Doctors relying on studies published in top journals for guidance about how to treat women with breast cancer may not be getting the most accurate information, according to a new analysis.
“Investigators want to go overboard to make their studies look positive,” said Dr. Ian Tannock, the senior author of the new study in the Annals of Oncology.
In two-thirds of the 164 studies Tannock and colleagues scrutinized, toxicities and serious side effects from chemotherapy, radiation or surgery were not listed in the paper’s abstract summary.
That’s important, said Tannock, of Princess Margaret Hospital in Toronto, because “most of us (doctors) are so damn busy, we only read the abstract and skim the tables and figures.”
A fifth of the studies didn’t include toxicities in results tables, and about a third failed to mention them in either the abstract or the discussion section.
Most surprising, said Tannock, was that in a third of studies, if the treatment didn’t work as well as one might hope, researchers moved the goalposts, reporting results that weren’t what the study was originally designed to test.
Often, those so-called “secondary endpoints” may be less important and meaningful. There is a difference, for example, between showing people lived longer overall, and simply lived longer without their cancers coming back.
Researchers “gain more influence with positive studies,” said Tannock, whose team analyzed reports of late-stage trials of the kind used by the U.S. Food and Drug Administration to decide whether to approve drugs.
There are various pressures on researchers to make their results “look better than they really are,” Tannock told Reuters Health, including drug companies, which often sponsor trials. However, in the new study, who paid for a study didn’t have any relationship with how the results were presented.
Scientists may also spin their results to increase their chances of publishing in the top journals surveyed by the new study. Such marquee publications can improve the chances for tenure, promotion and grants.
One of the journals whose studies Tannock and his colleagues looked at, the New England Journal of Medicine, declined to comment, saying they don’t typically comment on other studies. Another, the Journal of Clinical Oncology, could not provide a comment by deadline.
Journals can help, Tannock said, by insisting that authors include toxicities in abstracts. “Even in 250 words, everybody can get that in there,” he said.
Tannock and colleagues concluded: “These reports were biased and used spin in attempts to conceal that bias. A possible explanation for this could be that the investigators, sponsors or both, prefer to focus on the efficacy of the experimental treatment and downplay toxicity to make the results look more attractive.”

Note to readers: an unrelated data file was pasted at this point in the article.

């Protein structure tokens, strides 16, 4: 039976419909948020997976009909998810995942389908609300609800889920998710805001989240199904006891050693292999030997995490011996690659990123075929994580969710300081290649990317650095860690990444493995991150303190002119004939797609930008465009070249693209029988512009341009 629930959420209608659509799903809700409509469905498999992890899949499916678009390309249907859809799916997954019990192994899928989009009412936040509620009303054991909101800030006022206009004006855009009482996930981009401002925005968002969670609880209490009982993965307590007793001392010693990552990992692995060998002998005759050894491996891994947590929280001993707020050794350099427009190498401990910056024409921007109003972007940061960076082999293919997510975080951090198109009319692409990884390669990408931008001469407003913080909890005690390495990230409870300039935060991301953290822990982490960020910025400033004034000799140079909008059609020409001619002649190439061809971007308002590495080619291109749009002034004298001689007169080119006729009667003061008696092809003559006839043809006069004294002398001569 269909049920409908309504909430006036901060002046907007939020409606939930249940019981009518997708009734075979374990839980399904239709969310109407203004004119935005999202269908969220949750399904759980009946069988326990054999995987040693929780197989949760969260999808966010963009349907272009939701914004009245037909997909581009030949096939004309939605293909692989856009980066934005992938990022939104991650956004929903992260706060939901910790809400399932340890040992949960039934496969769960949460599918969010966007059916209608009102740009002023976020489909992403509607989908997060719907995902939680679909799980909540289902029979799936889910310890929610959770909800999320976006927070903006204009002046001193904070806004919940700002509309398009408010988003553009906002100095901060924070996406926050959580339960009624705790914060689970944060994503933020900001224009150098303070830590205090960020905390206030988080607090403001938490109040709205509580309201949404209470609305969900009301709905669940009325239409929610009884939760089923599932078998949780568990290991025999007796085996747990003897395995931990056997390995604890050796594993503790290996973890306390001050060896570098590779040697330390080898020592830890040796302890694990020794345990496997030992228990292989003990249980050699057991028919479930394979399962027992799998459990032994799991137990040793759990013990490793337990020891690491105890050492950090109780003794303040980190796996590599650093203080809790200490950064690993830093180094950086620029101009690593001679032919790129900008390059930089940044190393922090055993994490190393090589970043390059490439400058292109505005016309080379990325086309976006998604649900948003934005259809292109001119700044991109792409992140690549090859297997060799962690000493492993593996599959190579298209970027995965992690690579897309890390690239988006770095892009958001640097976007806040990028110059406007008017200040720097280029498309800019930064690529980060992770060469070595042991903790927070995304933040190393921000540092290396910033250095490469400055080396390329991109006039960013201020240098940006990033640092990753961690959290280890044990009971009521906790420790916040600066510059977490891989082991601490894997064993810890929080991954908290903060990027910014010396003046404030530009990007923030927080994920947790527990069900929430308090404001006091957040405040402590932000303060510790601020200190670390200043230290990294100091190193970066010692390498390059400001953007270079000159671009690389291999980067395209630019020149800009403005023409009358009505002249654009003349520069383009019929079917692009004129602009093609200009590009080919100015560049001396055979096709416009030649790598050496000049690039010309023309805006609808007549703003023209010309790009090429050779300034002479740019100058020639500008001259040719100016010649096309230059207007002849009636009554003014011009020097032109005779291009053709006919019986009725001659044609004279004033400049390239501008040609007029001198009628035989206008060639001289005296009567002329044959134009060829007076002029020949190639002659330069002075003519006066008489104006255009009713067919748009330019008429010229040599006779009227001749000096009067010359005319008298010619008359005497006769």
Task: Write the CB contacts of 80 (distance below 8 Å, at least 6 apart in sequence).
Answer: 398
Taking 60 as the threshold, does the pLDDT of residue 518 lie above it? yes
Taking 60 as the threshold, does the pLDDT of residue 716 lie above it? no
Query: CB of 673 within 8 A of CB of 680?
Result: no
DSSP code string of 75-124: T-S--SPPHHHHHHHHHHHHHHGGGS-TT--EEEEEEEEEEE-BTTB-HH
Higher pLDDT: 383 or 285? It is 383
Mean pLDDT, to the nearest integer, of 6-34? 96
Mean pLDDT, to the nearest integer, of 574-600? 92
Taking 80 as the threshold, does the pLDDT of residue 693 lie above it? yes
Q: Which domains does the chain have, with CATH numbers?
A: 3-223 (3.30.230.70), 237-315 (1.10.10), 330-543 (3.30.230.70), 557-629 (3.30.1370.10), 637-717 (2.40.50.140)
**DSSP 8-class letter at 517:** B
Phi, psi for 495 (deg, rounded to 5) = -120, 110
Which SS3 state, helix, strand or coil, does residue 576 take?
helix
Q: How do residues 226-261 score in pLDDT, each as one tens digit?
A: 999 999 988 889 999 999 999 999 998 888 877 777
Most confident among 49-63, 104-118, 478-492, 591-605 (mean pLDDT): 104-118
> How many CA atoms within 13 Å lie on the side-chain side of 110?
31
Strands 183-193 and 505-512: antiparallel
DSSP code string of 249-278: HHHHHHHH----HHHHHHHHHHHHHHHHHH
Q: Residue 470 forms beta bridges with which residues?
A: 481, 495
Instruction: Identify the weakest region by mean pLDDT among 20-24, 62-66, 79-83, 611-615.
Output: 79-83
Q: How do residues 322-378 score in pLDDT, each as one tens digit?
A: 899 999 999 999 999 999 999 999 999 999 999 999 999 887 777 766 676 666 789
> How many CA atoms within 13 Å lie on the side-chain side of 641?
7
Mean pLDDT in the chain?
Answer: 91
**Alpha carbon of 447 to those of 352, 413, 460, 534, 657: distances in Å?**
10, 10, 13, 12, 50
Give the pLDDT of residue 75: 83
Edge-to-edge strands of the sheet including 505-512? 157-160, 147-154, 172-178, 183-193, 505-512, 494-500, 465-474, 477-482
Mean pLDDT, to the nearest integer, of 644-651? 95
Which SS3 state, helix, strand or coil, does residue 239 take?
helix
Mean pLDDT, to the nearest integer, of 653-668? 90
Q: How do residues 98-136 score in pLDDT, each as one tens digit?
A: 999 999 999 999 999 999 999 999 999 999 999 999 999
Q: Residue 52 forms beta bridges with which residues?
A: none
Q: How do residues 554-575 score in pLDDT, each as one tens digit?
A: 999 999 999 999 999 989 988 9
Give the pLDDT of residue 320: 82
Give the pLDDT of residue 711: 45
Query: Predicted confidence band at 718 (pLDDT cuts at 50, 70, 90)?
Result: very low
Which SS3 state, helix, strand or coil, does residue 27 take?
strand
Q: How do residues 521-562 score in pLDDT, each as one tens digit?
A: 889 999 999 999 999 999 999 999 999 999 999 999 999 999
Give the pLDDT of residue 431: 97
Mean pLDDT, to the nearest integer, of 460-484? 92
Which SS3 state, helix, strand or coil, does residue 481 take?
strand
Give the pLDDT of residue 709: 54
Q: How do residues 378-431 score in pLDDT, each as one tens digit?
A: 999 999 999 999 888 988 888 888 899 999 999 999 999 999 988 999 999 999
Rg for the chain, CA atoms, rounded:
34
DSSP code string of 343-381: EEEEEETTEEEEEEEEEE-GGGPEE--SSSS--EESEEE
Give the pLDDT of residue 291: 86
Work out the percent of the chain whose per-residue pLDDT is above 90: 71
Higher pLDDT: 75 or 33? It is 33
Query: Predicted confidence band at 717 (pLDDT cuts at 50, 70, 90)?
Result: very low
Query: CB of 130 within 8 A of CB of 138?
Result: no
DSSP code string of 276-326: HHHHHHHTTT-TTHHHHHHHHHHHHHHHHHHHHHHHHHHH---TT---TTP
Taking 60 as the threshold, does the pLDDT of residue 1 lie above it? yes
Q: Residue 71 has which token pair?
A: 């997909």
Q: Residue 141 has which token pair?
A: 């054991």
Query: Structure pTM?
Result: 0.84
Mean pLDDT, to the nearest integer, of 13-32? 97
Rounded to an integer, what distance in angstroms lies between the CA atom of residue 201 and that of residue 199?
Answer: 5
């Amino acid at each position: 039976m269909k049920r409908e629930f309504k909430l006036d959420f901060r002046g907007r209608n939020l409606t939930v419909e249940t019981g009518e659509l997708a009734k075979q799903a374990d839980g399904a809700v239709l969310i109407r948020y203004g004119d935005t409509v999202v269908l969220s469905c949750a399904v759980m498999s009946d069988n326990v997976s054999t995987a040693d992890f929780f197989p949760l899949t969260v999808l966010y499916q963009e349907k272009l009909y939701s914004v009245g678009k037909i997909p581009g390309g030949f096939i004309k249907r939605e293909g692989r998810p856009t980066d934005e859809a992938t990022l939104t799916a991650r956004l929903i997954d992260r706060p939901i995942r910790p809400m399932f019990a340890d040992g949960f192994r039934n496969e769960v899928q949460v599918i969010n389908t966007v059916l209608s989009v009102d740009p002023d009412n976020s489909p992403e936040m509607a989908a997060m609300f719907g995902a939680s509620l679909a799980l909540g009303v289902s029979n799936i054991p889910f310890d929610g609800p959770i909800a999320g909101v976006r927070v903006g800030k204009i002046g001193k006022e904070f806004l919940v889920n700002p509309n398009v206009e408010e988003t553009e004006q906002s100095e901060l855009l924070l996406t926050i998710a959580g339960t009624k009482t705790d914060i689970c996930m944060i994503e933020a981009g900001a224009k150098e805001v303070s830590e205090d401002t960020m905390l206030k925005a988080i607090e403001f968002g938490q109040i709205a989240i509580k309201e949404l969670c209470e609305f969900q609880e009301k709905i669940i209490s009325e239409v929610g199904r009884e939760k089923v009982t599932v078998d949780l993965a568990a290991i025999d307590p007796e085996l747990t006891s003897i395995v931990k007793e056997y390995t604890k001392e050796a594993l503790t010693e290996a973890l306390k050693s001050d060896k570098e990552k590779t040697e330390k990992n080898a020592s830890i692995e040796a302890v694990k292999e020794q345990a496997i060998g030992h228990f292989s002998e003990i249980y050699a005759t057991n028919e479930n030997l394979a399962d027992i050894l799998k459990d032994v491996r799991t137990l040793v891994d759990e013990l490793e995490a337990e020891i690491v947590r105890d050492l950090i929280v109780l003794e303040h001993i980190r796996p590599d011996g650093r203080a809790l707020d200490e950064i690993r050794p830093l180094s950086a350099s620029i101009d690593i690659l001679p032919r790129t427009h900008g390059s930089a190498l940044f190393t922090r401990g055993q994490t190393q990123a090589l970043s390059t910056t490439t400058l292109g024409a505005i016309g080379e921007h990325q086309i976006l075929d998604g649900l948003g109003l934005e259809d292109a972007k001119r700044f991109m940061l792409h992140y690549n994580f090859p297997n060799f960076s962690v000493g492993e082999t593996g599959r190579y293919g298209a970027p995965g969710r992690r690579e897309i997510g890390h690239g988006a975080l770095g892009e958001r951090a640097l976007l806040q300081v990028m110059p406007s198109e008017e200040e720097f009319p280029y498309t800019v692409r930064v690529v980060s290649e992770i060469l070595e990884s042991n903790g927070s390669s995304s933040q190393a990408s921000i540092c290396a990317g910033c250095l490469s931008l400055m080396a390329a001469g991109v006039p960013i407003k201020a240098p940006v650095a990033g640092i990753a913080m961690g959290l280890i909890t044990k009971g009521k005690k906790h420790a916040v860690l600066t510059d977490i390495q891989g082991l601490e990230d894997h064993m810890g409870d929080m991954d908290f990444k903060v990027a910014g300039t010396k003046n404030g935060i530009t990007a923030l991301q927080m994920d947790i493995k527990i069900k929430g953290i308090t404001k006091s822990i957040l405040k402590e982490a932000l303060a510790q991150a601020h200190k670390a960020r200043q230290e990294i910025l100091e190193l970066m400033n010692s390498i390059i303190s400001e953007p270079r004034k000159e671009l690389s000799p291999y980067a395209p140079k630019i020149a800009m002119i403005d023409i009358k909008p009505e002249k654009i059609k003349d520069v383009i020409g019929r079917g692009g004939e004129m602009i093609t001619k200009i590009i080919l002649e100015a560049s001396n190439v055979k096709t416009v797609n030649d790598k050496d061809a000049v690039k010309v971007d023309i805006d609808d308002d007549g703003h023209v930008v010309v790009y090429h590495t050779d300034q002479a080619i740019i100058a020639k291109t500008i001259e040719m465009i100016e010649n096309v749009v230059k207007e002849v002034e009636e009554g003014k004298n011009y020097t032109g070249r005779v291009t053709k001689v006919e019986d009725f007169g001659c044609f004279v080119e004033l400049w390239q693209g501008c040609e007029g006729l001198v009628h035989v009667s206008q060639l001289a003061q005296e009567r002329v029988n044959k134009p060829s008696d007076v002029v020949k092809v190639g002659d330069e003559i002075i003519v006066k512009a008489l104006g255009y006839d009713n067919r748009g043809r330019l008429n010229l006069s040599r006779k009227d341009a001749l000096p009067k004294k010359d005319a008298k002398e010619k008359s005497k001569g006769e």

I have a love/hate relationship with studies like this.
I hate them because they uncover the seedy underbelly of the cancer treatment industry which includes ignoring or omitting critical information. This is despicable and infuriating.
I love them for the same reason, because it gives me another, “I told you so”.
The pharmaceutical industry is corrupt and they control the medical industry, from the cirriculum taught in med school all the way to the drug studies published in the latest medical journals that practicing doctors read and trust.
All ye who worship science take heed. Science can be biased and fraudulent.
It’s interesting how they uncovered that some researchers would ignore the negative findings of the primary focus of the study and highlight a smaller less significant aspect because it was positive in some way.
Speaking of “positive”, the scientific jargon they use in these studies is incredibly subversive. Instead of saying, “Drug X made the tumor grow”. They will say something like “There was a positive association of proliferation..” or whatever.
There are two major incentives behind the scenes for researchers to make drugs look good:
Incentive #1 When researchers produce positive results for drug companies, they get more research assignments. That means mo’ money. We’ve all got bills to pay. Mo’ money helps with that.
Incentive #2 Getting research papers published adds to your prestige and credibility in the scientific community. That also leads to more assignments and more money.
This of course doesn’t include bribery, fraud, and deliberate data manipulation, which also happens.
the consequences of “research spinning” in the real world:
Oncologists are reading these research summaries on new drugs and prescribing them without knowing how toxic and damaging they can be to the patient.
If doctors don’t know the side effects, they aren’t going to warn you about them.
And even if they do have all the facts, some doctors still won’t tell you everything.
Researchers discovered this too, and I expound on it here:
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